Circadian (24-hr) rhythms are driven by an endogenous pacemaker. In constant conditions free of external time cues (Zeitgebers), the pacemaker and its driven rhythms “free run” at an intrinsic period close to, but not precisely, 24 hr (1). Twenty-four hour precision is accomplished mainly by entrainment, or synchronization, to the 24-hr light-dark cycle through daily phase shifts (a shift to either an earlier or a later time of the day) that result from exposure to light (2-4). These phase shifts vary in magnitude and direction according to when the light exposure occurs, a relationship that can be described by a phase response curve (PRC). The basic features of a PRC are that phase delays (shifts to a later time) occur in response to light exposure during the first part of the subjective night and that phase advances (shifts to an earlier time) occur in response to light exposure during the second part of the subjective night. (In constant dark conditions, subjective night refers to the sleep phase of diurnal animals and the activity phase of nocturnal animals.) During the subjective day, light exposure has relatively little effect. Generally, the middle of the night is when phase shifts are of the greatest magnitude and when there is an inflection point in the PRC that separates delay responses from advance responses. In nature, only moonlight illuminates the high-amplitude portions of the PRC that occur in the middle of the night. Entrainment to the 24-hr day is thus provided by exposure to sunlight at dawn and at dusk, resulting in a phase advance and a phase delay, respectively, each day. These phase shifts compensate for each other and their net effect must also compensate for the pacemaker's intrinsic (free-running) period.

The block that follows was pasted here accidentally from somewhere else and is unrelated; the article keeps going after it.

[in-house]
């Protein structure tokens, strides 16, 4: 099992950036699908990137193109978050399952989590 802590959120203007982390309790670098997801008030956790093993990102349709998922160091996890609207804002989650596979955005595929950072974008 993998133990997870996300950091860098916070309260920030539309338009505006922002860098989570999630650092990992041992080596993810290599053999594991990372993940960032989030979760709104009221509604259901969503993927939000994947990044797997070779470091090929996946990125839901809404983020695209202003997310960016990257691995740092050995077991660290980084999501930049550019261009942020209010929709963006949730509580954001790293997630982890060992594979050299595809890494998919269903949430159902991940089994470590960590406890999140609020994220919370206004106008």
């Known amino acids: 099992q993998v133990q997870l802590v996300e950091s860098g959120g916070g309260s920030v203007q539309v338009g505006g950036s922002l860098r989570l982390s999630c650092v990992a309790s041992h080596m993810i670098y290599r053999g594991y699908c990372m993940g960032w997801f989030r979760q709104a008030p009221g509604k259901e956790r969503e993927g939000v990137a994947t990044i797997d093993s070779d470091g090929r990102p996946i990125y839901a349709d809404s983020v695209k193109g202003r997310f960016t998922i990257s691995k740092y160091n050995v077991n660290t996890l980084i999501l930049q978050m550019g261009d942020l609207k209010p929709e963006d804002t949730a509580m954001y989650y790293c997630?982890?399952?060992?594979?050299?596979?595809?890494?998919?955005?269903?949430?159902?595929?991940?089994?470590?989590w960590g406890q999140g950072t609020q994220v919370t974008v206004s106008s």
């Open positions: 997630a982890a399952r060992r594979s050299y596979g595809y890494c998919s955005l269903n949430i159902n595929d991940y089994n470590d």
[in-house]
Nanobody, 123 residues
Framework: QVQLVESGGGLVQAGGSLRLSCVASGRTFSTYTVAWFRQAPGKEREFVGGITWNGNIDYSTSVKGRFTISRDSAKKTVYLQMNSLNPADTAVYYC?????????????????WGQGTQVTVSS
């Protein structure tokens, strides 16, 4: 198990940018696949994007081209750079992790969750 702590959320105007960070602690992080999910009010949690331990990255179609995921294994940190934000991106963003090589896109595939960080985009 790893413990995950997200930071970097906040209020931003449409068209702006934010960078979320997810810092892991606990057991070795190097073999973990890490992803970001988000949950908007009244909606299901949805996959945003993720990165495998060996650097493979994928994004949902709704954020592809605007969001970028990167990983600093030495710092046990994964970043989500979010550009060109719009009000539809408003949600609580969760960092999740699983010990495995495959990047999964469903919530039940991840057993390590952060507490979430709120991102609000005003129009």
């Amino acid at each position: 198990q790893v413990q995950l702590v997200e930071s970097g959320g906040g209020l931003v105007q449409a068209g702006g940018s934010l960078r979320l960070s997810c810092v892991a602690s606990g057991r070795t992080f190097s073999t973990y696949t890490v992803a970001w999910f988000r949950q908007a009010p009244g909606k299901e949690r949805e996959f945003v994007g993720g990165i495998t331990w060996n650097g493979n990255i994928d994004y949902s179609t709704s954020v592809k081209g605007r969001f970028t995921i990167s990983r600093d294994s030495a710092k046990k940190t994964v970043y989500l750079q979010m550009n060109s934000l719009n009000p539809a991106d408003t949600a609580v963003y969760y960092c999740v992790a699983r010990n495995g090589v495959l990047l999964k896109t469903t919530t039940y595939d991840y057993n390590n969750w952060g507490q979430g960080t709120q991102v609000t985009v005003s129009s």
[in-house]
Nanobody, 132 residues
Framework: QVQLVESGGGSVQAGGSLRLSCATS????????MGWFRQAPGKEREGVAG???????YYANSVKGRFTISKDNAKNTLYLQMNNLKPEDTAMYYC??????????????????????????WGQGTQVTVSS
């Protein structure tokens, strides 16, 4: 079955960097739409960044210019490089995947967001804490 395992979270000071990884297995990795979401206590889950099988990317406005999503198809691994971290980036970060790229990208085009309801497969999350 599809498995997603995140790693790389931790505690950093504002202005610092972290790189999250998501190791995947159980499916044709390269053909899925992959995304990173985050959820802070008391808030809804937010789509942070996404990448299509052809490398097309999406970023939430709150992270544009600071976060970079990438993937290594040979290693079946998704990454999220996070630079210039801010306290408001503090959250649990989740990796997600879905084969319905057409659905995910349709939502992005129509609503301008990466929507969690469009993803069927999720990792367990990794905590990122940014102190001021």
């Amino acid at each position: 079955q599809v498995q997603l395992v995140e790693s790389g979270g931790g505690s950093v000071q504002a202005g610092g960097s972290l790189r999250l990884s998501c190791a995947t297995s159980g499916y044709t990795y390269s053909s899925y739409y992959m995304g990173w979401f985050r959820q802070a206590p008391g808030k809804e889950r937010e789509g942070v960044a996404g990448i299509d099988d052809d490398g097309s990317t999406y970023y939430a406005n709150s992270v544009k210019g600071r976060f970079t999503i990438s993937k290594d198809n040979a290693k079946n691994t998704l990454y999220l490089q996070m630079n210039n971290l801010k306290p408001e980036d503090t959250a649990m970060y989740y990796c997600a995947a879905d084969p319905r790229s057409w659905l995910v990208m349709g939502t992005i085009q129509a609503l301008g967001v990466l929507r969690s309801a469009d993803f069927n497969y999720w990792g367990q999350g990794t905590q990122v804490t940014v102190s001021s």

|Original language||English (US)|
|Number of pages||8|
|Journal||Proceedings of the Society for Experimental Biology and Medicine|
|State||Published - Oct 1986|
ASJC Scopus subject areas
- Biochemistry, Genetics and Molecular Biology(all)